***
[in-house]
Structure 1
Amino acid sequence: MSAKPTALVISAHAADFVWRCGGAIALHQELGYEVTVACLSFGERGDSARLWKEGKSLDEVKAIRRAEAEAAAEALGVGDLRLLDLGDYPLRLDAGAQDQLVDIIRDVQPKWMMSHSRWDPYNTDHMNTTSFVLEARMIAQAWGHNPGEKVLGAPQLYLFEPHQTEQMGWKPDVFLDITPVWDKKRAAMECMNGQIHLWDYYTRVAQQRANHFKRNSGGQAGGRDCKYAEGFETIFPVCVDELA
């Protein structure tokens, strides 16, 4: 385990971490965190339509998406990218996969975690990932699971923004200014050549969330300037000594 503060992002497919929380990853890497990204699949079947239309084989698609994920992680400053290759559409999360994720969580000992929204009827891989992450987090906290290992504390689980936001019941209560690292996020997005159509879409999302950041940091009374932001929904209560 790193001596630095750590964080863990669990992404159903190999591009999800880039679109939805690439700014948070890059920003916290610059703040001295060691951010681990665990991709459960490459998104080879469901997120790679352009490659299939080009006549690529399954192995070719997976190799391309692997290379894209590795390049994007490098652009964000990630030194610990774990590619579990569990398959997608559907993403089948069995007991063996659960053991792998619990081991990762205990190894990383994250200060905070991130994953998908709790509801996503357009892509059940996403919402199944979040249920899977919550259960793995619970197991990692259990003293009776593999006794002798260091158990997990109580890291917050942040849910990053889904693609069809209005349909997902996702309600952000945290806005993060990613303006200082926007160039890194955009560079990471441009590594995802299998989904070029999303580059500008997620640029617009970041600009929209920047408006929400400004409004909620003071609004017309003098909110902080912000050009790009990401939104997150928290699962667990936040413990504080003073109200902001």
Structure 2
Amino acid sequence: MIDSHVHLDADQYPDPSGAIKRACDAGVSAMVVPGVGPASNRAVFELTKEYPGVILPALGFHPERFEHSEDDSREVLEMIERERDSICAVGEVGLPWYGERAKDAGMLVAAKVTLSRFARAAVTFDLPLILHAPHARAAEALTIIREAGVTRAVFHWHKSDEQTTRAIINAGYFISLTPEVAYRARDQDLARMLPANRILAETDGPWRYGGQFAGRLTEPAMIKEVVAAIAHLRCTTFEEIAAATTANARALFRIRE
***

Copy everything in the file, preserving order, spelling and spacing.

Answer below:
[in-house]
Structure 1
Amino acid sequence: MSAKPTALVISAHAADFVWRCGGAIALHQELGYEVTVACLSFGERGDSARLWKEGKSLDEVKAIRRAEAEAAAEALGVGDLRLLDLGDYPLRLDAGAQDQLVDIIRDVQPKWMMSHSRWDPYNTDHMNTTSFVLEARMIAQAWGHNPGEKVLGAPQLYLFEPHQTEQMGWKPDVFLDITPVWDKKRAAMECMNGQIHLWDYYTRVAQQRANHFKRNSGGQAGGRDCKYAEGFETIFPVCVDELA
């Protein structure tokens, strides 16, 4: 385990971490965190339509998406990218996969975690990932699971923004200014050549969330300037000594 503060992002497919929380990853890497990204699949079947239309084989698609994920992680400053290759559409999360994720969580000992929204009827891989992450987090906290290992504390689980936001019941209560690292996020997005159509879409999302950041940091009374932001929904209560 790193001596630095750590964080863990669990992404159903190999591009999800880039679109939805690439700014948070890059920003916290610059703040001295060691951010681990665990991709459960490459998104080879469901997120790679352009490659299939080009006549690529399954192995070719997976190799391309692997290379894209590795390049994007490098652009964000990630030194610990774990590619579990569990398959997608559907993403089948069995007991063996659960053991792998619990081991990762205990190894990383994250200060905070991130994953998908709790509801996503357009892509059940996403919402199944979040249920899977919550259960793995619970197991990692259990003293009776593999006794002798260091158990997990109580890291917050942040849910990053889904693609069809209005349909997902996702309600952000945290806005993060990613303006200082926007160039890194955009560079990471441009590594995802299998989904070029999303580059500008997620640029617009970041600009929209920047408006929400400004409004909620003071609004017309003098909110902080912000050009790009990401939104997150928290699962667990936040413990504080003073109200902001």
Structure 2
Amino acid sequence: MIDSHVHLDADQYPDPSGAIKRACDAGVSAMVVPGVGPASNRAVFELTKEYPGVILPALGFHPERFEHSEDDSREVLEMIERERDSICAVGEVGLPWYGERAKDAGMLVAAKVTLSRFARAAVTFDLPLILHAPHARAAEALTIIREAGVTRAVFHWHKSDEQTTRAIINAGYFISLTPEVAYRARDQDLARMLPANRILAETDGPWRYGGQFAGRLTEPAMIKEVVAAIAHLRCTTFEEIAAATTANARALFRIRE